"I do not intend to interfere with the day-to-day operations of the banks," Oliver said in an e-mailed statement Thursday, according to BNN. "I have no current plans to introduce new rules regarding residential mortgages."
It appears that at least one big bank is holding off on cutting its prime rate and -- with Oliver stating he won’t force the banks to do so -- the other big banks may follow suit.
"Our decision not to change our prime rate at this time was carefully considered and is based on a number of factors, with the Bank of Canada's overnight rate only being one of them," said Alicia Johnston, a spokeswoman for TD, told CBC News.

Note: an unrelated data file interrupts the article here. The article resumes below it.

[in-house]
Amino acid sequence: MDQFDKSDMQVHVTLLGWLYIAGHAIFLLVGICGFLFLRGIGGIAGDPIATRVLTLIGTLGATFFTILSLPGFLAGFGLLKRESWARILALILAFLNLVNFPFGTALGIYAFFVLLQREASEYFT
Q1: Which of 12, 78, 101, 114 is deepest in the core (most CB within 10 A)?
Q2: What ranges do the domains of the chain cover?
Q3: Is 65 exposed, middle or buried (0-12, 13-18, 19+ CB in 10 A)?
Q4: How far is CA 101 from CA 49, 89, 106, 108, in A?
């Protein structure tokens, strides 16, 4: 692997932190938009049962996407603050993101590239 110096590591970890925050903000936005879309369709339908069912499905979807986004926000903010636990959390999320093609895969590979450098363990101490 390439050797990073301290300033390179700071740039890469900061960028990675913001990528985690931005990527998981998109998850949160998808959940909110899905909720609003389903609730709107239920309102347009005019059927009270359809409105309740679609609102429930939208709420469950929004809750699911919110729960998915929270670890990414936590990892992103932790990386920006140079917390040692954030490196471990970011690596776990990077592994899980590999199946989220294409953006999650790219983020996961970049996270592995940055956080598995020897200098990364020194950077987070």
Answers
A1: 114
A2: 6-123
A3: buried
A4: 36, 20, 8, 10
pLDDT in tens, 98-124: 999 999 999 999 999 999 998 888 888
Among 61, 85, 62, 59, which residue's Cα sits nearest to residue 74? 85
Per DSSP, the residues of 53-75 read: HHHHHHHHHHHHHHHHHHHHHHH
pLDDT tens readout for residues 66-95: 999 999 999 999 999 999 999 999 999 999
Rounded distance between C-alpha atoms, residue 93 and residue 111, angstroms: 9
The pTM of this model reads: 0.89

Oliver has taken a soft line when it comes to mortgage rates and the housing market since taking office.
This past June, he responded to critics calling for more active participation from the government in reining in the housing market.
“I don’t think it’s the role of government to set interest rates or rates for mortgages,” Oliver said on Business News Network. “The rates are quite low and they’ve been coming down but a very small amount.”
Oliver expounded on his position by noting that CMHC has forecasted a soft landing and that the government will continue to monitor the market while also reducing the level of influence it will have going forward.
“We don’t believe that there’s a major problem at this point,” he said.
Finance Minister Joe Oliver has said he will not interfere with the housing market – or force banks to lower their interest rates, despite the Bank of Canada’s announced rate cut.